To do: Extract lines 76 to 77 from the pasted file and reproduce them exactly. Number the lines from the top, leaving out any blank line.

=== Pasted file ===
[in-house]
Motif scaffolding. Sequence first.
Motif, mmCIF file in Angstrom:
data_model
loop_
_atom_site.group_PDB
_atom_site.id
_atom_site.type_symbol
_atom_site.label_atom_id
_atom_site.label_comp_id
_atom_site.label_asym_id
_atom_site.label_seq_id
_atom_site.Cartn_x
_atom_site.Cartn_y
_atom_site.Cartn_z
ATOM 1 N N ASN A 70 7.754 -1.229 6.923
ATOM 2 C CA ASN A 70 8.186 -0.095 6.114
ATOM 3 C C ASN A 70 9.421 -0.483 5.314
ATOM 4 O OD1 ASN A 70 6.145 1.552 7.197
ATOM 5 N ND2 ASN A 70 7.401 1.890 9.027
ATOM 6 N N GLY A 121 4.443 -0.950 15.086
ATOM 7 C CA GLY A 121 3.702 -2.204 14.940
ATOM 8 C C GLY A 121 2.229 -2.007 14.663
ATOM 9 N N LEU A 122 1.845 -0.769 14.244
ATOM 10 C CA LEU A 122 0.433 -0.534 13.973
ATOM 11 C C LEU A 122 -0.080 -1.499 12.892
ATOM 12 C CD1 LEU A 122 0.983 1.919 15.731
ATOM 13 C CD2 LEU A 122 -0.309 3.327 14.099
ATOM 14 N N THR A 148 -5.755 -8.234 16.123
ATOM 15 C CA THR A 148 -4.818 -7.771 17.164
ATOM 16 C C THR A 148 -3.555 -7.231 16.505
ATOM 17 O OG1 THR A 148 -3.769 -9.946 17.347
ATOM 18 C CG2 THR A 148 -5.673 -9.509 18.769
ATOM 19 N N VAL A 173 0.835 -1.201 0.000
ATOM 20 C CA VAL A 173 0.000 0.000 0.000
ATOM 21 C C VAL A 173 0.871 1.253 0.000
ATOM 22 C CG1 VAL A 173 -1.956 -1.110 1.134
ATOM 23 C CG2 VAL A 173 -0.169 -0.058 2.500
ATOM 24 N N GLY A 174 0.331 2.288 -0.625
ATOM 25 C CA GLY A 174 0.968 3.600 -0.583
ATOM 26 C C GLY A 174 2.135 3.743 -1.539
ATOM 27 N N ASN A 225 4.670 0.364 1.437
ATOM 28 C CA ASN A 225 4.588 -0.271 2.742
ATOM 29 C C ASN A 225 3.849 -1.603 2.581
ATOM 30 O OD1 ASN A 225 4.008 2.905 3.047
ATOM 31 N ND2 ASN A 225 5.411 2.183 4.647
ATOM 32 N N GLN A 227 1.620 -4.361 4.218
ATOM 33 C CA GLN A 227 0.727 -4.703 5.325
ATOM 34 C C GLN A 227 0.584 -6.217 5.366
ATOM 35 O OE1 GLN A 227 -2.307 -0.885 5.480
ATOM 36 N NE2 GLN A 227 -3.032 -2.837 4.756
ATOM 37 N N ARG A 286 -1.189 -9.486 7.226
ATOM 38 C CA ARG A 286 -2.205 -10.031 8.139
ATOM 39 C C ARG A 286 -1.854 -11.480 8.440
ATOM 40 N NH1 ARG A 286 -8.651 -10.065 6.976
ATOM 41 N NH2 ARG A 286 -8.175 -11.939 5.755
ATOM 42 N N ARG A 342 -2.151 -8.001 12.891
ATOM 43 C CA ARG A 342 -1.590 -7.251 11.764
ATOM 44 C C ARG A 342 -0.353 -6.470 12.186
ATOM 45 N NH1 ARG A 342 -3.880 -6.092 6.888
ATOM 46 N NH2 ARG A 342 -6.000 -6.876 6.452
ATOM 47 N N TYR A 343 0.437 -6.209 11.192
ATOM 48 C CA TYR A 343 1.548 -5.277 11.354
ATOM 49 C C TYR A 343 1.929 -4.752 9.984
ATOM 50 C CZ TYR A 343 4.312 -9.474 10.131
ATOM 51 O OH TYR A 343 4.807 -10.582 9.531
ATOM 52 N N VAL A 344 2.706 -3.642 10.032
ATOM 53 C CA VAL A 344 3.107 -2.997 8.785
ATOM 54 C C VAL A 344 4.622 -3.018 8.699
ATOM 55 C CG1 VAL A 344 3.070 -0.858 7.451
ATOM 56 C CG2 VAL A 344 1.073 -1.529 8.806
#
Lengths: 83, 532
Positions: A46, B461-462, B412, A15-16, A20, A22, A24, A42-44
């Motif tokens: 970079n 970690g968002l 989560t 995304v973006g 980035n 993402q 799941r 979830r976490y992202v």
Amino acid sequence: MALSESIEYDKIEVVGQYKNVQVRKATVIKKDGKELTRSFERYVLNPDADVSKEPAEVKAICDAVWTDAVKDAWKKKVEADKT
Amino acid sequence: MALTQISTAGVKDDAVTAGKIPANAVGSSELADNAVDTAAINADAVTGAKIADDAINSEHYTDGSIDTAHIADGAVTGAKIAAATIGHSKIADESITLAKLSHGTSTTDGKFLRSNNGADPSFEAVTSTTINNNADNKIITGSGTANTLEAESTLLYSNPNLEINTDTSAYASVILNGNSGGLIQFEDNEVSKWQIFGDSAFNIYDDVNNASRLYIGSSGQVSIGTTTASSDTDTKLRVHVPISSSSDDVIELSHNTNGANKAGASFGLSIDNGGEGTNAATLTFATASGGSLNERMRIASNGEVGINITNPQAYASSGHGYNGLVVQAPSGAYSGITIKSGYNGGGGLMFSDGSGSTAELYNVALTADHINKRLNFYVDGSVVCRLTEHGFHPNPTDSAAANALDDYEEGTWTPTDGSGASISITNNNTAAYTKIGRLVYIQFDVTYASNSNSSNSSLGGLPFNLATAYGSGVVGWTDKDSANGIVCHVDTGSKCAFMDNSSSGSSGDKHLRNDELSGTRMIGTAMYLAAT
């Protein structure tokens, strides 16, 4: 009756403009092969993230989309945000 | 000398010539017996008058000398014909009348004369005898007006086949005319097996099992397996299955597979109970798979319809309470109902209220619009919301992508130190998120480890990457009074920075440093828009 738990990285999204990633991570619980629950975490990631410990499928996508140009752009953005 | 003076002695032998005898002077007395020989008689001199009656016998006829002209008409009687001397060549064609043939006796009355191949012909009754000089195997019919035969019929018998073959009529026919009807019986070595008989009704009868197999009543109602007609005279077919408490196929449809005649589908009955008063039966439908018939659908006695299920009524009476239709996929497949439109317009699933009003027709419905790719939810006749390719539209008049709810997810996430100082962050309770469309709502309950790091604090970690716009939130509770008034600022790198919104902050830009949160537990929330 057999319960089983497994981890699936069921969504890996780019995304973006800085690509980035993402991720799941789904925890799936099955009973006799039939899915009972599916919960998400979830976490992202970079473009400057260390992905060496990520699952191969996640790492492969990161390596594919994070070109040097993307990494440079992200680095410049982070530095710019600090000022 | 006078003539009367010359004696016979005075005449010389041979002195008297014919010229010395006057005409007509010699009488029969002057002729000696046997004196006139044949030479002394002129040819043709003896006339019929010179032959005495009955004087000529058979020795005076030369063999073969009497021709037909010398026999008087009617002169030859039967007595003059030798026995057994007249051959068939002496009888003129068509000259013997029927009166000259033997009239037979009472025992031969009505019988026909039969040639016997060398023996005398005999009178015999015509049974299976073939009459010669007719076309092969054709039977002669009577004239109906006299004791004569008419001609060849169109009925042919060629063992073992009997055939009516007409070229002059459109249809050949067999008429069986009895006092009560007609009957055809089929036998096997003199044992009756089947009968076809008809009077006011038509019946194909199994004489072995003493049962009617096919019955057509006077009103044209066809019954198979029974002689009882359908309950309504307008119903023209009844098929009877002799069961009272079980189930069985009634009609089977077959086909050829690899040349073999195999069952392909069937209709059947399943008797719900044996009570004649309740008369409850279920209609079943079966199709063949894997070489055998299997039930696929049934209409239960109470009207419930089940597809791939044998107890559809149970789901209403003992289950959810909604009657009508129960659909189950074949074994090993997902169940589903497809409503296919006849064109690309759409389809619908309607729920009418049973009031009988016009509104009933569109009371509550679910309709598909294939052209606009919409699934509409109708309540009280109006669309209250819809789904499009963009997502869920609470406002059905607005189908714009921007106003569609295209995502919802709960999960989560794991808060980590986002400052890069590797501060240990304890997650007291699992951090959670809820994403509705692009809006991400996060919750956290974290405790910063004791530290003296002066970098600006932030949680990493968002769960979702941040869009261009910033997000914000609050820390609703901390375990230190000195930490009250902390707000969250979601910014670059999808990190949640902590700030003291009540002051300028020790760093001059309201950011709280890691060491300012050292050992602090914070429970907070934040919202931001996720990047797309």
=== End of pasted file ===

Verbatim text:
Amino acid sequence: MALSESIEYDKIEVVGQYKNVQVRKATVIKKDGKELTRSFERYVLNPDADVSKEPAEVKAICDAVWTDAVKDAWKKKVEADKT
Amino acid sequence: MALTQISTAGVKDDAVTAGKIPANAVGSSELADNAVDTAAINADAVTGAKIADDAINSEHYTDGSIDTAHIADGAVTGAKIAAATIGHSKIADESITLAKLSHGTSTTDGKFLRSNNGADPSFEAVTSTTINNNADNKIITGSGTANTLEAESTLLYSNPNLEINTDTSAYASVILNGNSGGLIQFEDNEVSKWQIFGDSAFNIYDDVNNASRLYIGSSGQVSIGTTTASSDTDTKLRVHVPISSSSDDVIELSHNTNGANKAGASFGLSIDNGGEGTNAATLTFATASGGSLNERMRIASNGEVGINITNPQAYASSGHGYNGLVVQAPSGAYSGITIKSGYNGGGGLMFSDGSGSTAELYNVALTADHINKRLNFYVDGSVVCRLTEHGFHPNPTDSAAANALDDYEEGTWTPTDGSGASISITNNNTAAYTKIGRLVYIQFDVTYASNSNSSNSSLGGLPFNLATAYGSGVVGWTDKDSANGIVCHVDTGSKCAFMDNSSSGSSGDKHLRNDELSGTRMIGTAMYLAAT